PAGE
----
In responding, Dan hesitates again, just as before with Ben’s offer. We realize the earlier hesitation wasn’t to think up the excuse to turn down the money, it was because something else wasn’t sitting right with Dan over the whole matter, something he couldn’t put his finger on. Even with the money right in front of him and logic telling him to stop, something doesn’t sit right and he can’t abandon escort duty.

    Dan sums up his motives in two lines: “Then what did the good doctor die for?”

    and

    “I ain’t never been no hero. Only battle I was ever in was a retreat. My leg was taken off in friendly fire. You try telling that story to your boy and seeing how he looks at you then?”

    The first line adds the moral imperative. Accepting the burden of someone else’s duty to give their death meaning is a moral theme more common in Eastern culture, but isn’t any less noble if you think about it. The doctor gave his own life saving them, and he was a good, honest man. His death would be meaningless if Ben escaped; in hindsight it was equivalent to a good man having thrown his life away by deciding to go on the trip. To a degree the same for the marshall and his men wrapped up in the affair.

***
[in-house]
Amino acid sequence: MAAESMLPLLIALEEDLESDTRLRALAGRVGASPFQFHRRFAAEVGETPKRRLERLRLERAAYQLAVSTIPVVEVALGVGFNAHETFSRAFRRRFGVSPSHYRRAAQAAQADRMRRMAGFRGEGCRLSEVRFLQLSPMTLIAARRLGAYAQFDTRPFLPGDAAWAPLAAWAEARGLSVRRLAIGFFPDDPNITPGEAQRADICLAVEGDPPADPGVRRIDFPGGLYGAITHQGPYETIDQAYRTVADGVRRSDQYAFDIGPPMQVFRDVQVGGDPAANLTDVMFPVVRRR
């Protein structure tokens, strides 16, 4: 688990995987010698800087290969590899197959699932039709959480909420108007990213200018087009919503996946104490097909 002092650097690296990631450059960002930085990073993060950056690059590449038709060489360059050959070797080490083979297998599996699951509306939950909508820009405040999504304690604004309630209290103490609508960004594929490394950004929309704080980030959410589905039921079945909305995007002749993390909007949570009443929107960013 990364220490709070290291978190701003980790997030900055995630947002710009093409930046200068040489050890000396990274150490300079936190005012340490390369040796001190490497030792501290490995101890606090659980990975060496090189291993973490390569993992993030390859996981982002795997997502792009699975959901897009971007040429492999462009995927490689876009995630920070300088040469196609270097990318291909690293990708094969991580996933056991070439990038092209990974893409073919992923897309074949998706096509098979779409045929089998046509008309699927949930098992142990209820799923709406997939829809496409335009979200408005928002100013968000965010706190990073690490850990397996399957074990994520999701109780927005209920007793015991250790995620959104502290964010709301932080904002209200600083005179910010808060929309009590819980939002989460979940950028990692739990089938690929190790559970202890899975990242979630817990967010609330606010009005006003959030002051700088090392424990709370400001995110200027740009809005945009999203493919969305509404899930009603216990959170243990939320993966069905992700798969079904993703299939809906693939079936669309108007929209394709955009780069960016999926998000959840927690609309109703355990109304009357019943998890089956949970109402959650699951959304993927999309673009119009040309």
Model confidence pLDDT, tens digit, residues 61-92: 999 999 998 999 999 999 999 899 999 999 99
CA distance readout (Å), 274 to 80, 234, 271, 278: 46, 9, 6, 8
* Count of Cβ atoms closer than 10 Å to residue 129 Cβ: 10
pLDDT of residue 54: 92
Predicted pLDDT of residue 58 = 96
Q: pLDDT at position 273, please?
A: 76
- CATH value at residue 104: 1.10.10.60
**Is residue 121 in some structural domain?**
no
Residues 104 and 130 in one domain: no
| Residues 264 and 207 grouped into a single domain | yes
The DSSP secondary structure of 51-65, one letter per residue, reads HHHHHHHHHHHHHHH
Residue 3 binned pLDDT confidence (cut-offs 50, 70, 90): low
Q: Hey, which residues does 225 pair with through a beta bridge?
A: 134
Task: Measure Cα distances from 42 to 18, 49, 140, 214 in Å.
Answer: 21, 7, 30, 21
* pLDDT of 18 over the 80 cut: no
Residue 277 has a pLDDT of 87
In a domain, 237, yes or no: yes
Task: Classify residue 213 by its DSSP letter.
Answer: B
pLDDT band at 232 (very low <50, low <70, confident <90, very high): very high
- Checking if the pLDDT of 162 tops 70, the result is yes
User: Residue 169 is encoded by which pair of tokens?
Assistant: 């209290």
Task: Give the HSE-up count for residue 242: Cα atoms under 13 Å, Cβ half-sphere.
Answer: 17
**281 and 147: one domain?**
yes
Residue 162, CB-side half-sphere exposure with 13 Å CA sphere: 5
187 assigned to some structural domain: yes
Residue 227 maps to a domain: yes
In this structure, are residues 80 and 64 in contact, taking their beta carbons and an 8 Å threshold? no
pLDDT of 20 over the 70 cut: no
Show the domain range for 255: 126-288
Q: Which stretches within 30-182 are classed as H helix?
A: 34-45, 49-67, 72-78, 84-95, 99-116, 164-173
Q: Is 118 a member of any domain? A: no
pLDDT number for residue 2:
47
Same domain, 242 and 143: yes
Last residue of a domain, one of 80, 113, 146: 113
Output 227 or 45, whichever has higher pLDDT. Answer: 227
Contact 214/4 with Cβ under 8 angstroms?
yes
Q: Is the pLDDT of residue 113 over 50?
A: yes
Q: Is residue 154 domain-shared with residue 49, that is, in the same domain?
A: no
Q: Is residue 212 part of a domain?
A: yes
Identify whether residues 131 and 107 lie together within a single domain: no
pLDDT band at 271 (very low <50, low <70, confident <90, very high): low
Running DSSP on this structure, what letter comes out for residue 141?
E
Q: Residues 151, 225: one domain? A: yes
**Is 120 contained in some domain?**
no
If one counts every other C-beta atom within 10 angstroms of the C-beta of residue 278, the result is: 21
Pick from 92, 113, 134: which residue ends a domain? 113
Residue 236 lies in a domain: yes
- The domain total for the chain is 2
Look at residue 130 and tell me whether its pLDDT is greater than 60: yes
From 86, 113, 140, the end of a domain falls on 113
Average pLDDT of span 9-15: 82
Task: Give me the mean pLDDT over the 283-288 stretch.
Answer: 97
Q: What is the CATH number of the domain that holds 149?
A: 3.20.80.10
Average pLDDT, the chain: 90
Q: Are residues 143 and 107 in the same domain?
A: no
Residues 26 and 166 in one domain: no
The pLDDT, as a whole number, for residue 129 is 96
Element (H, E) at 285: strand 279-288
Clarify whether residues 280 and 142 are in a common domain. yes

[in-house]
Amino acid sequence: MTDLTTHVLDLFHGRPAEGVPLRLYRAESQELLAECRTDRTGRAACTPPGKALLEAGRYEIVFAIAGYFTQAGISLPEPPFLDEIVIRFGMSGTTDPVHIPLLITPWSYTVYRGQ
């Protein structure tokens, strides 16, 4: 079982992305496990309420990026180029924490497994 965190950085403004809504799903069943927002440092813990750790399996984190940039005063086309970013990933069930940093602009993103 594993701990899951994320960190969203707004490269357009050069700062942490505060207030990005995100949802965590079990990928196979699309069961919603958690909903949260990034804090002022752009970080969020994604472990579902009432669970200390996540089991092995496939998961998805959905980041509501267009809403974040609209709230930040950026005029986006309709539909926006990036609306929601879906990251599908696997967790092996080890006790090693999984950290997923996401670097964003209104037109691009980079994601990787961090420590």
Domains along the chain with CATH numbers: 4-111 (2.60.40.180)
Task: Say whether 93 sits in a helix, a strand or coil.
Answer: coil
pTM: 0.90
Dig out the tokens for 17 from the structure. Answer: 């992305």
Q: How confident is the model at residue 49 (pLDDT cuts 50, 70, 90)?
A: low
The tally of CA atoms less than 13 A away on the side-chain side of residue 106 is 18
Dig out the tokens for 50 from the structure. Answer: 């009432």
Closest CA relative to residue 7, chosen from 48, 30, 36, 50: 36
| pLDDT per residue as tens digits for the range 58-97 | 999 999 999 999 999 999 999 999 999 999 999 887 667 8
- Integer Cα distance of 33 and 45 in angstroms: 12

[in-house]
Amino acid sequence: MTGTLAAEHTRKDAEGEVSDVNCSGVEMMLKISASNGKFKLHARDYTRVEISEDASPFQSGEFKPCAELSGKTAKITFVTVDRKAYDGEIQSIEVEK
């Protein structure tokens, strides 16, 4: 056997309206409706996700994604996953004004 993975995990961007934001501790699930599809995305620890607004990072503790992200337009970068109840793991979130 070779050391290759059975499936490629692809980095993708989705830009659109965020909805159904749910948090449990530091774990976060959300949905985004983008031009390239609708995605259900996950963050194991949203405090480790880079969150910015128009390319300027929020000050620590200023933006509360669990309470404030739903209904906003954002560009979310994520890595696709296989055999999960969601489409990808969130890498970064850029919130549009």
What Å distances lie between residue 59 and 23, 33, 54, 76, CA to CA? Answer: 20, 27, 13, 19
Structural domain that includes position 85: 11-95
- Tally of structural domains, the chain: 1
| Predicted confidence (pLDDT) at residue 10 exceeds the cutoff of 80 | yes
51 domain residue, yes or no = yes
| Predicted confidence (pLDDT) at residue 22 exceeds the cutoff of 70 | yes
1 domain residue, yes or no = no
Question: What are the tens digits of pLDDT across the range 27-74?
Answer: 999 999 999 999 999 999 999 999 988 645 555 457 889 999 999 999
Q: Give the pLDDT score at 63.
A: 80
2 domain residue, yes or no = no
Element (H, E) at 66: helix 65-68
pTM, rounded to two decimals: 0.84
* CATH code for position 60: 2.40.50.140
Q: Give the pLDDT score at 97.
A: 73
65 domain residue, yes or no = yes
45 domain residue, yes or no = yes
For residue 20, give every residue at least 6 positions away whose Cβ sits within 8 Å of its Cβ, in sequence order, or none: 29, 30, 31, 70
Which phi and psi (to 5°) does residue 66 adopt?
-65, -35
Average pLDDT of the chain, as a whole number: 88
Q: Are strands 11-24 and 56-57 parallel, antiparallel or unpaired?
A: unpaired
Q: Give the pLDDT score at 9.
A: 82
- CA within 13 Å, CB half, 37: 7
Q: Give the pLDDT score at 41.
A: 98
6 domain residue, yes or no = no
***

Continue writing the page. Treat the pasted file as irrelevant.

The second line pulls Dan’s history full circle to give his backstory and relationship with his family meaning to the central script. Dan has no pride left, abandoned even by his own family. Had he taken the easy road and let Ben walk, this would not have changed. Specifically, this line clarifies *via Dan’s own words* that Dan is *not fighting to be a hero*. He’s fighting to salvage his standing as a man in his family. He’s fighting for his own life in the sense of societal respect. To say he’s fighting to be a hero is implying delusions of grandeur that Dan never had. He was a dirt-poor man trying to gain equality by death or high water, not an equal man greedily overstepping his limits to be a hero.

    The original film is a more traditional good vs evil. The bandits are unforgiveable villans, while the heroes, even Wade who might do bad things, only do bad things for a reason (ie. hanging with Prince because he had a debt for his life and otherwise displaying honor in his banditry). Every moment of Wade’s supposed villainry is tempered by a redeeming action that makes him somehow likeable. It’s a superficial and simple morality where all the likeable characters are good guys, and fate (ie. the writers) save them because good guys are rewarded.